Development of military capabilities for the nation of South Korea is an ongoing priority with potential enemies seen in both North Korea and China. As such, the country has unveiled a new Unmanned Aerial Vehicle (UAV) in the form of the Mid-altitude Unmanned Air Vehicle (MUAV) by Korean Air. The project saw a technology demonstrator flown back in 2012 and full-scale development begin in 2013. Development delays have, however, pushed the arrival of this new product into operational service by several years - perhaps 2019 or 2020.
The MUAV sees a conventional design arrangement used: the fuselage, housing pertinent mission and operational equipment, is slender and rounded with a bulbous nose section. At the aft-end of the structure is the engine installation noted by the dorsal intake opening. The engine drives a multi-bladed propeller unit at rear in "pusher" configuration (as in the classic General Atomics "Predator" line). The wing mainplanes are straight in their general shape (with clipped tips) and situated at midships while being low-mounted along the fuselage sides. The tailplanes consist of a pair of outward-cranked vertical surfaces with a sole, downward reaching vertical plane. Along the underside of the fuselage are three blister-type protrusions holding optical sets and sensors - the chin position mounts a ball turret-type unit and ahead of the mainplanes is an oblong fairing, aft of this is a shorter oblong protrusion. The wheeled undercarriage is retractable and consists of a nose leg and a pair of main landing gear legs.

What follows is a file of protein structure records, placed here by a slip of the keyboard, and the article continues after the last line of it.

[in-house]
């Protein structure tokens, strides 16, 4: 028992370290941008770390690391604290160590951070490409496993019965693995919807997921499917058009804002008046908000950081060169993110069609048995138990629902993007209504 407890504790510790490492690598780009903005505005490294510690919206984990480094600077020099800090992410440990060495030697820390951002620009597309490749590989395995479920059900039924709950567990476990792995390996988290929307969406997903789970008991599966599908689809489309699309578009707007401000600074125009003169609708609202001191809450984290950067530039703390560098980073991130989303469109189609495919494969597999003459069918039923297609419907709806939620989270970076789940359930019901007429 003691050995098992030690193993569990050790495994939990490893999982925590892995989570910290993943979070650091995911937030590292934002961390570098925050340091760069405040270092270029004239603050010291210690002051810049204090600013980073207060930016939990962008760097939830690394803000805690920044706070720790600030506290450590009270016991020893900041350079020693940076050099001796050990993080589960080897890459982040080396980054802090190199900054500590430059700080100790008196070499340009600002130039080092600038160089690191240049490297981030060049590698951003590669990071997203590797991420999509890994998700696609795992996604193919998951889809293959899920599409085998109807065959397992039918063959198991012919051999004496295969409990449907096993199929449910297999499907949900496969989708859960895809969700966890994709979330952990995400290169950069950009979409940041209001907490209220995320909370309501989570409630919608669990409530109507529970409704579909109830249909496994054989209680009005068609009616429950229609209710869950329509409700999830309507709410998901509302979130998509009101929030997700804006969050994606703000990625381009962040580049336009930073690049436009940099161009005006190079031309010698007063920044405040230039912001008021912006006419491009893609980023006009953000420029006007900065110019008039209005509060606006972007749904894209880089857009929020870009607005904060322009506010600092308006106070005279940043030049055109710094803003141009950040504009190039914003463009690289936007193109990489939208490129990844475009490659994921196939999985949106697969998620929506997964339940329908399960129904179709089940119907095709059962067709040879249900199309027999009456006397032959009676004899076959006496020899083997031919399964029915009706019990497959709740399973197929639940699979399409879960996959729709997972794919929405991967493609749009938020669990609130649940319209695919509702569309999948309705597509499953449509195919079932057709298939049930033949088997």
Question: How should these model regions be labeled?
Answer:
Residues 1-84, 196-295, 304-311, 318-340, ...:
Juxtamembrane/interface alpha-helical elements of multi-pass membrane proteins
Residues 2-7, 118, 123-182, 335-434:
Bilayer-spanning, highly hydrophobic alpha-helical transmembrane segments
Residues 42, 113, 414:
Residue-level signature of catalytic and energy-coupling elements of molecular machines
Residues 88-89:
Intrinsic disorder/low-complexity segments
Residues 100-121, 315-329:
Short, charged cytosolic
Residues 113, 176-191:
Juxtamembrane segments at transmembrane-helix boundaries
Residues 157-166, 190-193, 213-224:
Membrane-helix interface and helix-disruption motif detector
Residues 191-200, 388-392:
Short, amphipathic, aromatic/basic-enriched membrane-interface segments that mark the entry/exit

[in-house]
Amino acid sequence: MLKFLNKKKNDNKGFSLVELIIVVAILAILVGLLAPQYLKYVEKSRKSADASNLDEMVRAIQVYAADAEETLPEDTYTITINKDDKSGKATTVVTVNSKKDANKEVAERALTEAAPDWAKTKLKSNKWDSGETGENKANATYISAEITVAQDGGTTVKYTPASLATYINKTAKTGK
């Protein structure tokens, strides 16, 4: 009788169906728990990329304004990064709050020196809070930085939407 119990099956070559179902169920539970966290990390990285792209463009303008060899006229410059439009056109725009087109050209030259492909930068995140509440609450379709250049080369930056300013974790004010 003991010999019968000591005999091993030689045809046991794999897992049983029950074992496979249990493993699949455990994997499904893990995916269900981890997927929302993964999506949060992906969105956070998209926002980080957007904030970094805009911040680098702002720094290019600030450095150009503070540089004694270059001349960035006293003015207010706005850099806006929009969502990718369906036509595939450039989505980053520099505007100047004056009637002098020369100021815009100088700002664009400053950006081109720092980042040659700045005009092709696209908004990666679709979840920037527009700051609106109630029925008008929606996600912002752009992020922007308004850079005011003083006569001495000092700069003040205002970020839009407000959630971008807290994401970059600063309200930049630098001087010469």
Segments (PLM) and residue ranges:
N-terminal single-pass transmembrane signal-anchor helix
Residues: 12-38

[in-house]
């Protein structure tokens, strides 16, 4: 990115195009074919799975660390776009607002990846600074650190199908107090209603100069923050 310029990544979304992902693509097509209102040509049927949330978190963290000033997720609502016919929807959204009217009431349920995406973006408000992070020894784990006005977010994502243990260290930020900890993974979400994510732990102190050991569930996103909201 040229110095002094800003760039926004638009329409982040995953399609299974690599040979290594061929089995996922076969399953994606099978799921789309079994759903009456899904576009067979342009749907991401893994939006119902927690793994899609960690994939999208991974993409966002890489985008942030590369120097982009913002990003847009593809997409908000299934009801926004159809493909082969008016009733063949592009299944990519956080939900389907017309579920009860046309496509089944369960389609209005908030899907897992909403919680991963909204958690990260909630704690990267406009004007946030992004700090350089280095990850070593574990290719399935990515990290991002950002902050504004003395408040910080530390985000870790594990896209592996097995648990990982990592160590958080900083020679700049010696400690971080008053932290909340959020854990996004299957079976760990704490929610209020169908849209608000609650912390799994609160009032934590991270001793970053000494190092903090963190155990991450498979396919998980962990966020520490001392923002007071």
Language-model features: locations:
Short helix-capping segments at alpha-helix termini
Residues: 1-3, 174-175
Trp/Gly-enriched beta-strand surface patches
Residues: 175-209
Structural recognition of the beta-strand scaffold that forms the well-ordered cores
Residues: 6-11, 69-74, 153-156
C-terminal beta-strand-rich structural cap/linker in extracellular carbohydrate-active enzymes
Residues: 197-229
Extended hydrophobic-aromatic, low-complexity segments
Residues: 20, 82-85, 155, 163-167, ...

Structurally, what is known of the MUAV is an overall wingspan of 82 feet and a length of 43 feet, making it slightly larger than the General Atomics MQ-9 "Reaper" class UCAV (detailed elsewhere on this site). Endurance is estimated to be around twenty-four hours and a service ceiling of up to 39,000 feet is being reported. Internally, the MUAV is set to carry a Synthetic-Aperture Radar (SAR) in the midships fairing. The chin-mounted turret will manage the Electro-Optical (EO) / InfraRed (IR) camera set.
Due to the presence of four underwing pylons (two per wing underside), the air vehicle has a suspected Unmanned Combat Air Vehicle (UCAV) capability meaning that it has the inherent potential to carry and release guided air-to-surface missiles or precision-guided drop bombs. Up to six of either would be fitted across the four hardpoints - perhaps two on each inboard station and single missiles/bombs on each outboard station.
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July 2020 - Korean Air is nearing completion of its MUAV development program with serial production of the design to begin soon after.
Ability to conduct aerial bombing of ground targets by way of (but not limited to) guns, bombs, missiles, rockets, and the like.
Surveil ground targets / target areas to assess environmental threat levels, enemy strength, or enemy movement.
Aircraft inherently designed (or later developed) with an unmanned capability to cover a variety of over-battlefield roles.
42.7 ft (13.00 meters) Length
82.0 ft (25.00 meters) Width/Span
9,039 lb (4,100 kilograms) Maximum Take-Off Weight
1 x Conventional engine driving a three-bladed propeller in pusher configuration. Propulsion
39,009 ft (11,890 m | 7 miles) Ceiling
Typically sensors and camera fits but speculation is that a combat capability is being worked in from the start. Presumed munitions would be air-to-surface missiles as well as precision-guided drop bombs.
Mid-altitude Unmanned Air Vehicle (MUAV) - Base Series Name.
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